Vincent Designolle
Hydrogen Director
Whilst most of the conversation starts with hydrogen production and end-use, infrastructure to support development of hydrogen supply chain will be critical. It will entail vast storage needs at various stages of the value chain, to cope with variability of production and offtake patterns and ensure security of supply. A wide range of storage solutions do exist or are in development to cover all these needs, covering various sizes, from kilograms up to thousands of tons of H2, and diverse storage systems, from cylinders to storage in tubulars, all the way to geologic reservoirs like salt caverns. With always safety as first focus, Vallourec’s team are also mastering the technical challenges posed by hydrogen, like high pressures, embrittlement of steel materials or tightness of the connections. This is instrumental to develop and qualify the needed storage systems, combining safety, tight containment, longevity, and TCO, and ultimately contributing to robust and cost-effective hydrogen supply chain.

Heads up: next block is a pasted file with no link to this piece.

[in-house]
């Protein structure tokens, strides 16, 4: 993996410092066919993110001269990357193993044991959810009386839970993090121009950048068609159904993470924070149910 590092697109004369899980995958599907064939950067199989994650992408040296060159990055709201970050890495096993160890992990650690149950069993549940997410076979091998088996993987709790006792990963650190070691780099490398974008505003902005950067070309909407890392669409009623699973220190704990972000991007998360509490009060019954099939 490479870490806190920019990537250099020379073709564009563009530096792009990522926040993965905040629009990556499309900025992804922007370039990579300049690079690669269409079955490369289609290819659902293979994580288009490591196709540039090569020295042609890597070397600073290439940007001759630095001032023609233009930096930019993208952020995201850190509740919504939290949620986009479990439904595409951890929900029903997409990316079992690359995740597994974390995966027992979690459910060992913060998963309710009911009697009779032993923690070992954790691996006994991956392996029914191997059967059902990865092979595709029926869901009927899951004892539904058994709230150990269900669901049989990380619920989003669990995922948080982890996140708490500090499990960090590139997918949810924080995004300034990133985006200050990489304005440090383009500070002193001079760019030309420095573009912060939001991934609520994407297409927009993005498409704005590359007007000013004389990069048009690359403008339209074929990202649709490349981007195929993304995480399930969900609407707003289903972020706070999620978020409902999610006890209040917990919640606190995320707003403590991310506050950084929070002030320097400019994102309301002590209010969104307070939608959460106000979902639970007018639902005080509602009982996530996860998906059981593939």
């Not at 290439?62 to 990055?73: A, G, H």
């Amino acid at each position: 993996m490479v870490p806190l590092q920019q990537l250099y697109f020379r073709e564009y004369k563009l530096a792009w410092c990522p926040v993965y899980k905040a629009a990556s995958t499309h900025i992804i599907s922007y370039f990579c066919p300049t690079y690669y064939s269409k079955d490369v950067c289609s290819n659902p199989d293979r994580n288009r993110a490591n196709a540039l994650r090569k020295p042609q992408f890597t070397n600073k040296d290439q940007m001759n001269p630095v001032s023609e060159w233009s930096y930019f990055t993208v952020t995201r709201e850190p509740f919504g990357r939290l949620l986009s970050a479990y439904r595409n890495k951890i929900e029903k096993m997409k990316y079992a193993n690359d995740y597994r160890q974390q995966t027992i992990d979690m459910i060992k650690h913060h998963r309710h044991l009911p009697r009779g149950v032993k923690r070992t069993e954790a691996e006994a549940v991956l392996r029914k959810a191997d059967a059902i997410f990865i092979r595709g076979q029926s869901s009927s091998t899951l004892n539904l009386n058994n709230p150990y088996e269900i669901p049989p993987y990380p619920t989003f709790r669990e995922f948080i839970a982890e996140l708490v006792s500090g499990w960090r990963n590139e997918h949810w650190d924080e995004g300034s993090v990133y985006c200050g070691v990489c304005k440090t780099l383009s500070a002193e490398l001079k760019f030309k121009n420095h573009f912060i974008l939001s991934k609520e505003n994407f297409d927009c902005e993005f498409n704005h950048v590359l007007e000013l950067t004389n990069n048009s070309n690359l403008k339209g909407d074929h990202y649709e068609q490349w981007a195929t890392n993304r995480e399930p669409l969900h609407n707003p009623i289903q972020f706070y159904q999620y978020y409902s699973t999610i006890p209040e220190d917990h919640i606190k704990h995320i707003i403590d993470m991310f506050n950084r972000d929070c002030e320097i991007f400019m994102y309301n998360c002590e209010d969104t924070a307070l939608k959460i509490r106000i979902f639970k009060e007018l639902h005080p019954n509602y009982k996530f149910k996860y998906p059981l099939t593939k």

10:30 am

NORTH MEETS NORTH: Clean Hydrogen Coastline – Initiating a European Hydrogen Infrastructure
Dr. Geert Tjarks
Head of Stakeholder Management, Business Unit Hydrogen
The industrial partners in northwest Germany are striving fora market-relevant integration and scaling of hydrogen technology into the German and European energy system with theiR "Clean Hydrogen Costline" project. Clean Hydrogen Coastline is a network of partners across the entire value chain of the hydrogen industry. By 2026, the companies want to integrate up to 400 megawatts of electrolysis capacity with corresponding storage of hydrogen into the energy system in a targeted manner.
10:45 am - 11:00 am

11:00 am

Chairman's Remarks
Jakob Petutschnig
Policy Manager for Zero-Carbon Fuels
Clean Air Task Force

11:00 am

NORTH MEETS NORTH: Introduction to the Hydrogen Landscape and Framework in the Northern Powerhouse